February will mark the 50th anniversary of the first 911 call in the United States, in Haleyville, Ala. Despite that early breakthrough, it took time before 911 service became widespread.
In March 1973, the White House’s Office of Telecommunications issued a national policy statement that recognized the benefits of 911, according to a chronology published recently by the National Emergency Number Association. By 1987, half of the U.S. population had access to 911; as we entered the new century, that number increased to more than 90 percent.
From the beginning, technology played an important role in 911 development. For example, IT professionals had to ensure that switches originally designed for seven-digit phone numbers could process the shorter 911 number and route calls to the correct emergency agency.
Later, enhanced 911 technology automatically alerted dispatch centers to location and phone number information. Today, Next Generation 911 promises a more flexible and scalable system that will keep up with communication innovations, including text messaging.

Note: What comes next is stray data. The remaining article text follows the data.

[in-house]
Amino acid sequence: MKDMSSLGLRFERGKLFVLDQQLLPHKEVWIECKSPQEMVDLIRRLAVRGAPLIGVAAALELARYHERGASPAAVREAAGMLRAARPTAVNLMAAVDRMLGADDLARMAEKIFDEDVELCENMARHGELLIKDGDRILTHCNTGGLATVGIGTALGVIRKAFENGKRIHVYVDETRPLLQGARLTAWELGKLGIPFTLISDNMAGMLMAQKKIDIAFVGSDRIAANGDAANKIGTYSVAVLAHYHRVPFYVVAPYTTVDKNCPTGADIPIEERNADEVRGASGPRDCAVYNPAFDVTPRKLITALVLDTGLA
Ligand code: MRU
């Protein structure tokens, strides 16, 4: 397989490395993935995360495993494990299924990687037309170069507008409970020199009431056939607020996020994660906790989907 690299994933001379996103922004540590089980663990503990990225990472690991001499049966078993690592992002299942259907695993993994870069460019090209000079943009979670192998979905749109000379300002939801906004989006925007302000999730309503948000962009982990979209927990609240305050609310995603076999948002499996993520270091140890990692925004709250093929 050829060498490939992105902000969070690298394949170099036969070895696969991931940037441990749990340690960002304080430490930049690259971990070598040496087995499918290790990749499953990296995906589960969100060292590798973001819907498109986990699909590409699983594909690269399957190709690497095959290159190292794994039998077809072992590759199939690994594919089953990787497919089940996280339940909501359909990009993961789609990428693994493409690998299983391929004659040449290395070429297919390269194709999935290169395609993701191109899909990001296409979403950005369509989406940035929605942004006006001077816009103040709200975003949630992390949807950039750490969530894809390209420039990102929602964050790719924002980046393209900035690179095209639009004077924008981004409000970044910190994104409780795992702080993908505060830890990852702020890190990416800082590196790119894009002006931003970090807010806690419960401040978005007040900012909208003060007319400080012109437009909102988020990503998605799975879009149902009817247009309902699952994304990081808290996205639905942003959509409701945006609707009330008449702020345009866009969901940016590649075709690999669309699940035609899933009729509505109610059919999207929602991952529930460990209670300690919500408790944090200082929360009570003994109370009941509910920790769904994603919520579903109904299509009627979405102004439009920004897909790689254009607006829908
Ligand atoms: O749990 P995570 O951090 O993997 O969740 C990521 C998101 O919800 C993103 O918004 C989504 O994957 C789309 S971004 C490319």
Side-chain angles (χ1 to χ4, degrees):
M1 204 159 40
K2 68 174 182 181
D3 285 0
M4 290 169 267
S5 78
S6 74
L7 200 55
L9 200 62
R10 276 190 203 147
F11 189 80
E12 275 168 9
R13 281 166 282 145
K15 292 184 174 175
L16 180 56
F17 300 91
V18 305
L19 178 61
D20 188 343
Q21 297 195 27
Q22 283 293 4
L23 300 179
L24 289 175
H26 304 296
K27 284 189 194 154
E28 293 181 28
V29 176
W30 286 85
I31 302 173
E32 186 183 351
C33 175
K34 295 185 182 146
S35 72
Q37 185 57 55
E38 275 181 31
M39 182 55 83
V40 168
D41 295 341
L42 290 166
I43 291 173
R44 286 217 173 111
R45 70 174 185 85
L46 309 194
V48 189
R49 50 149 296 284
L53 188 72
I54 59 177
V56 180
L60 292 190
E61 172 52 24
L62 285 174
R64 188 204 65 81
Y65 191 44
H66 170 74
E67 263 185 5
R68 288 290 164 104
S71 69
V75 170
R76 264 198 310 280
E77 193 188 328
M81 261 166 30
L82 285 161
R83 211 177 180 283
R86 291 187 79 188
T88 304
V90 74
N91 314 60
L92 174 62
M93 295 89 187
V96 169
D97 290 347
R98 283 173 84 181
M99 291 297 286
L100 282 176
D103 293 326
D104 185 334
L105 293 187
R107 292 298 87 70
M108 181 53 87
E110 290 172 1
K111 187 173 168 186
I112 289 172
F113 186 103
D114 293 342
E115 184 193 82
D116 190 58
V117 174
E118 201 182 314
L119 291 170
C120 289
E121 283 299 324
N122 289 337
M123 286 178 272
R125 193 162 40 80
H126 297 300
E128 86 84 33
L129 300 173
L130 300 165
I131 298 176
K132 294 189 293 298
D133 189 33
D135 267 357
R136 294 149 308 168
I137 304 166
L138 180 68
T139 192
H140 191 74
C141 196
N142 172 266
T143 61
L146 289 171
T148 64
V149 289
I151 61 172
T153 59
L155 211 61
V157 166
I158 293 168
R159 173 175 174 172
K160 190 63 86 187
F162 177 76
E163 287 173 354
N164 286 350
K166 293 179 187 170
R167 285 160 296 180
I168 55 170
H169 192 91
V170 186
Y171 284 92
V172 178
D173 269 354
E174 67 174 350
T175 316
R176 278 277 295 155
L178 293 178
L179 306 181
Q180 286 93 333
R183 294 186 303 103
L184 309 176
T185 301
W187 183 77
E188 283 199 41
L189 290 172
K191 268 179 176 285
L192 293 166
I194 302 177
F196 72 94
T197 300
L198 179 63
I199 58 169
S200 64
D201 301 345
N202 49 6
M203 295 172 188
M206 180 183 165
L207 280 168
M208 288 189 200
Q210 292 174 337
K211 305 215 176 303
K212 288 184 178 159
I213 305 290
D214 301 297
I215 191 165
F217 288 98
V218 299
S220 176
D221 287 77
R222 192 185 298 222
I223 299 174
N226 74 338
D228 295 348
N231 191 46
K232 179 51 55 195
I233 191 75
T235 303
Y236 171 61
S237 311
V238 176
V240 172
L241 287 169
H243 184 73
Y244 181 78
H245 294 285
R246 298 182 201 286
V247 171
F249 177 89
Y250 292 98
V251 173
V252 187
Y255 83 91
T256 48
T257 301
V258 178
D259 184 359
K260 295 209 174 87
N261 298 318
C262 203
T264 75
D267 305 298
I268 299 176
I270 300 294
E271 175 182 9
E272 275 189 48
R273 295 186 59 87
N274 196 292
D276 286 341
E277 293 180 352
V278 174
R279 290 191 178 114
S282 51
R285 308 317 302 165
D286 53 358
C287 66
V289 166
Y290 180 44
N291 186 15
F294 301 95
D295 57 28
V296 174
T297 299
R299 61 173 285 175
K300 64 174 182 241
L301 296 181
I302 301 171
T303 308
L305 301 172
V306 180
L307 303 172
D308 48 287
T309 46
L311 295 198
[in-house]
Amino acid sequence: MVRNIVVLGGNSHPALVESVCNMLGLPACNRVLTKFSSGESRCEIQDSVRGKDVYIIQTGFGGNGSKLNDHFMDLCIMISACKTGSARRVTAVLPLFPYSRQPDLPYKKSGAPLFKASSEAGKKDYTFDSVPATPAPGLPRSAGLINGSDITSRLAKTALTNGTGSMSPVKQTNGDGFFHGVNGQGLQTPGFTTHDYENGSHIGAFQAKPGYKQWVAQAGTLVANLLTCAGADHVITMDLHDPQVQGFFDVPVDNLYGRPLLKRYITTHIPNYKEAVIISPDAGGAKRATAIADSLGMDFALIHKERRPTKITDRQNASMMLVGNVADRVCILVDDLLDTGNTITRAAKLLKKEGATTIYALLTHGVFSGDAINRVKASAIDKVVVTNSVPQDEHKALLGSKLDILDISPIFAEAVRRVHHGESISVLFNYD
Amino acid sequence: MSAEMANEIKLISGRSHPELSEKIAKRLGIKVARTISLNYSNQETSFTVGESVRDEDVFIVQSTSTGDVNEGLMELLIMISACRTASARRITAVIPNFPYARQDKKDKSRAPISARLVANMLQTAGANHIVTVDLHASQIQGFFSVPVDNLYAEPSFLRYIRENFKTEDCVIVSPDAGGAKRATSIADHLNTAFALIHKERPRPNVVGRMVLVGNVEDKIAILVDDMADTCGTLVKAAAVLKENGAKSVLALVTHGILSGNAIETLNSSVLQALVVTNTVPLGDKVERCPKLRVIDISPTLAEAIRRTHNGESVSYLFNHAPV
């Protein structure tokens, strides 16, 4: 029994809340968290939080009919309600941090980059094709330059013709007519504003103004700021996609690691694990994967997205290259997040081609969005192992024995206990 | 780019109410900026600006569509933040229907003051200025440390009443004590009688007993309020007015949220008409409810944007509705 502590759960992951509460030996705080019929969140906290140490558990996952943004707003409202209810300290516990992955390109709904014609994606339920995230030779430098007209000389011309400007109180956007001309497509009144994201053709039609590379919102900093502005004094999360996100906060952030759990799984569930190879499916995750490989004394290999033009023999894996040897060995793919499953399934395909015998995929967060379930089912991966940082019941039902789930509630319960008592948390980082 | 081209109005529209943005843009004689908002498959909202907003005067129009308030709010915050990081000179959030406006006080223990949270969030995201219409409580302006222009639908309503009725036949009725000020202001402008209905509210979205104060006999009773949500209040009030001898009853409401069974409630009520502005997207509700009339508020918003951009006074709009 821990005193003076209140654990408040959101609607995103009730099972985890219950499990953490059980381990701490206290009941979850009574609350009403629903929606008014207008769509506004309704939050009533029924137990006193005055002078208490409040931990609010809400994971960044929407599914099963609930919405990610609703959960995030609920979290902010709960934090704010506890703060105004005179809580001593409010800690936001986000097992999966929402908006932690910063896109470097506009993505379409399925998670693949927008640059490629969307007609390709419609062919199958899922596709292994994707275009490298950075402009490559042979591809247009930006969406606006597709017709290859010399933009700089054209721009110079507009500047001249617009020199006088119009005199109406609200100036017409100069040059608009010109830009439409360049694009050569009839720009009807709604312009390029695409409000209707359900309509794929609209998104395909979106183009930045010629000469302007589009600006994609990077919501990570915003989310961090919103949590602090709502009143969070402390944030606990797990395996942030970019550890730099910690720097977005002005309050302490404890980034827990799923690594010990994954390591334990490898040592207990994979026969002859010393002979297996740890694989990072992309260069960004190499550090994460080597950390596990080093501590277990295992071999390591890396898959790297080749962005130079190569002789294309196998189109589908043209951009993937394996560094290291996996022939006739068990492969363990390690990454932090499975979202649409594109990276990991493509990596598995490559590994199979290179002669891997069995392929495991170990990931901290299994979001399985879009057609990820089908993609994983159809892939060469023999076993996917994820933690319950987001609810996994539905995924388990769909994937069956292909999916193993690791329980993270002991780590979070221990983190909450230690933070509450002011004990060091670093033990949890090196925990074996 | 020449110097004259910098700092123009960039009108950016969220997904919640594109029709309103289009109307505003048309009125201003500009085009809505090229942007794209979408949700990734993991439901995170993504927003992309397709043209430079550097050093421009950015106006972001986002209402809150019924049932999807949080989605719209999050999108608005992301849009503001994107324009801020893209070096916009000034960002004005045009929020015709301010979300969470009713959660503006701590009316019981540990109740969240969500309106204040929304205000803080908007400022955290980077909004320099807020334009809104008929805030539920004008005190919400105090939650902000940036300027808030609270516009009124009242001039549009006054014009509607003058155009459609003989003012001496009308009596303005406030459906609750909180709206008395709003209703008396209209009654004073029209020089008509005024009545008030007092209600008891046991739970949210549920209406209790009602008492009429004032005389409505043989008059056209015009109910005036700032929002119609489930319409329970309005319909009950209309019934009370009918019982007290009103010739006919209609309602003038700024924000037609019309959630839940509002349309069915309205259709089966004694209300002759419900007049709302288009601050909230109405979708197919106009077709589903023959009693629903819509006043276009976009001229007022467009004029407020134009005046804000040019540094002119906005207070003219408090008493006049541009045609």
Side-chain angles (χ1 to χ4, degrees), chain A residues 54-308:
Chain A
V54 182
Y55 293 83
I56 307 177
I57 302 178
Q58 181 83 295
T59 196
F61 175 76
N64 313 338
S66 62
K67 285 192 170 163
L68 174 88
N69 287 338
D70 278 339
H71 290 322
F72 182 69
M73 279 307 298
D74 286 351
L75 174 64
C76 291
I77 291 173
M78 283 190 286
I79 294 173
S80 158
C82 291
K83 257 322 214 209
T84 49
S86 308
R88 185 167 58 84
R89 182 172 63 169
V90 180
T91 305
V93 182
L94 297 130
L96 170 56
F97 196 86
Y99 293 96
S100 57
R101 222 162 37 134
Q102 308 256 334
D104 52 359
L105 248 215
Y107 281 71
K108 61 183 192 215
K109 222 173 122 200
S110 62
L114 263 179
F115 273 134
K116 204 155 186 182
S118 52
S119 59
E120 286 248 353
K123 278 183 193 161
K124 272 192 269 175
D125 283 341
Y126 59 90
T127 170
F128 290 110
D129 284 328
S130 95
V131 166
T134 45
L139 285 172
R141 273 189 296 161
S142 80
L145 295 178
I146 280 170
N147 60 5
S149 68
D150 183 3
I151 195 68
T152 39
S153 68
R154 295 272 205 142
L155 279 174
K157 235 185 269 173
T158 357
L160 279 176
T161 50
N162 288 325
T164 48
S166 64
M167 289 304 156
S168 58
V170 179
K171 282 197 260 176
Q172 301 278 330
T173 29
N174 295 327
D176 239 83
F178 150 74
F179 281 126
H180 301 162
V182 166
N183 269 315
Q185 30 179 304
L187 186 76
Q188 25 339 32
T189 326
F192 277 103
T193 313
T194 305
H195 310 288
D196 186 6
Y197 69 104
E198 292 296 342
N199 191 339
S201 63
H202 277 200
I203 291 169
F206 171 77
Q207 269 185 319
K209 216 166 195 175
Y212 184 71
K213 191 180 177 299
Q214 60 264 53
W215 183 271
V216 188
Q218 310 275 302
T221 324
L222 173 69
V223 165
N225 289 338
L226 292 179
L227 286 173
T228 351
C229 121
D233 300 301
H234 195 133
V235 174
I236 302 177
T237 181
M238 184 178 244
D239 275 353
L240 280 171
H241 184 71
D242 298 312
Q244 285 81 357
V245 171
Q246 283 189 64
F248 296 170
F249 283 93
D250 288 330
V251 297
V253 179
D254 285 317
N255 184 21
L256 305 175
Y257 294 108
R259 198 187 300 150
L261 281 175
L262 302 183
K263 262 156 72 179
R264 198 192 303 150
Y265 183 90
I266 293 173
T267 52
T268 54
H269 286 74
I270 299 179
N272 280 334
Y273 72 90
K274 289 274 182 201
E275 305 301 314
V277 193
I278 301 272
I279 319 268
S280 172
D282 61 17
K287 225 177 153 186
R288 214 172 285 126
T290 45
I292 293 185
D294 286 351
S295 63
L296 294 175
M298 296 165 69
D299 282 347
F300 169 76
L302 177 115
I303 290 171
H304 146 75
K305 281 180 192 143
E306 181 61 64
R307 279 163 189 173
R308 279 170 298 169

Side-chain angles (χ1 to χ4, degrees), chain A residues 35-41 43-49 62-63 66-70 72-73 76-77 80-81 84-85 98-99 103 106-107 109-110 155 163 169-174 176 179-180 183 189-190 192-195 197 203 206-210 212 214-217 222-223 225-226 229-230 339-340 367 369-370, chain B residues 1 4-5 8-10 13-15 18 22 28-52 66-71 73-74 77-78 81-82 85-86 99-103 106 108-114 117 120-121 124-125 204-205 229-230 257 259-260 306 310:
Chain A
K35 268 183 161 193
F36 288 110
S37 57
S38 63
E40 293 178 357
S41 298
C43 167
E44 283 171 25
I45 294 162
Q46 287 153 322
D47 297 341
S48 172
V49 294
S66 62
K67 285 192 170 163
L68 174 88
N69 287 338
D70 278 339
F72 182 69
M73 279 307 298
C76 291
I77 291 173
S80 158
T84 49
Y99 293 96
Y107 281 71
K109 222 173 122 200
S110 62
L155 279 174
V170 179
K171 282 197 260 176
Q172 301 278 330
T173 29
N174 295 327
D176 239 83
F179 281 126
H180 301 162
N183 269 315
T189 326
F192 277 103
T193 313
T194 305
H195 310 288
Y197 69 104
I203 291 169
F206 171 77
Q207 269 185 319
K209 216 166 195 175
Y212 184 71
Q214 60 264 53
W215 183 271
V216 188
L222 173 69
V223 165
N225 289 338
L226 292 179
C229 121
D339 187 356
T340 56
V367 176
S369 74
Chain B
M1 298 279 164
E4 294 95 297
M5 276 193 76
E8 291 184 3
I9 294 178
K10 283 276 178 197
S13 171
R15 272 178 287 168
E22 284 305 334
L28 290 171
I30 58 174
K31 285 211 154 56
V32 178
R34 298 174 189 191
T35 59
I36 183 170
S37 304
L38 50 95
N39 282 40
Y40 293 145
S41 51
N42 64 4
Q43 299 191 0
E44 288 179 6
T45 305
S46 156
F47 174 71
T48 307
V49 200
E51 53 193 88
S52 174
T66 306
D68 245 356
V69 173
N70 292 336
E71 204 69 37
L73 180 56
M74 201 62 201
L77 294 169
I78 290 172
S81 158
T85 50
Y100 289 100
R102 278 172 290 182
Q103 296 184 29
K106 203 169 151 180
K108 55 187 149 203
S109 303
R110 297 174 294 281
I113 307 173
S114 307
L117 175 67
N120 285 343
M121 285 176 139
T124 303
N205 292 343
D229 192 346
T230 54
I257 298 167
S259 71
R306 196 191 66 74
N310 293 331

Tech Helps Dispatchers Stay Vigilant
At the same time, the technology that enables this critical public safety service also exposes the system to security risks, such as the 911 distributed denial of service attack that hit multiple states in October.
The attack illustrates how IT officials on the front lines work hard to protect this critical system, and must remain on guard. Fortunately, security solutions increasingly help address potential 911 vulnerabilities. In Arizona, for example, Cmdr. Chip Lemons and the Maricopa County Sheriff’s Office use virtual desktops to isolate the county’s computer-aided dispatch infrastructure.
“We put logical separations in place, so we are not exposing our CAD system to unauthorized access or viruses,” Lemons says.
Bad actors will always attempt to disrupt institutions or exploit networks for gain. It is comforting to know that Lemons and other dedicated public officials will continue to stay vigilant and keep the 911 system working, saving lives in the years ahead.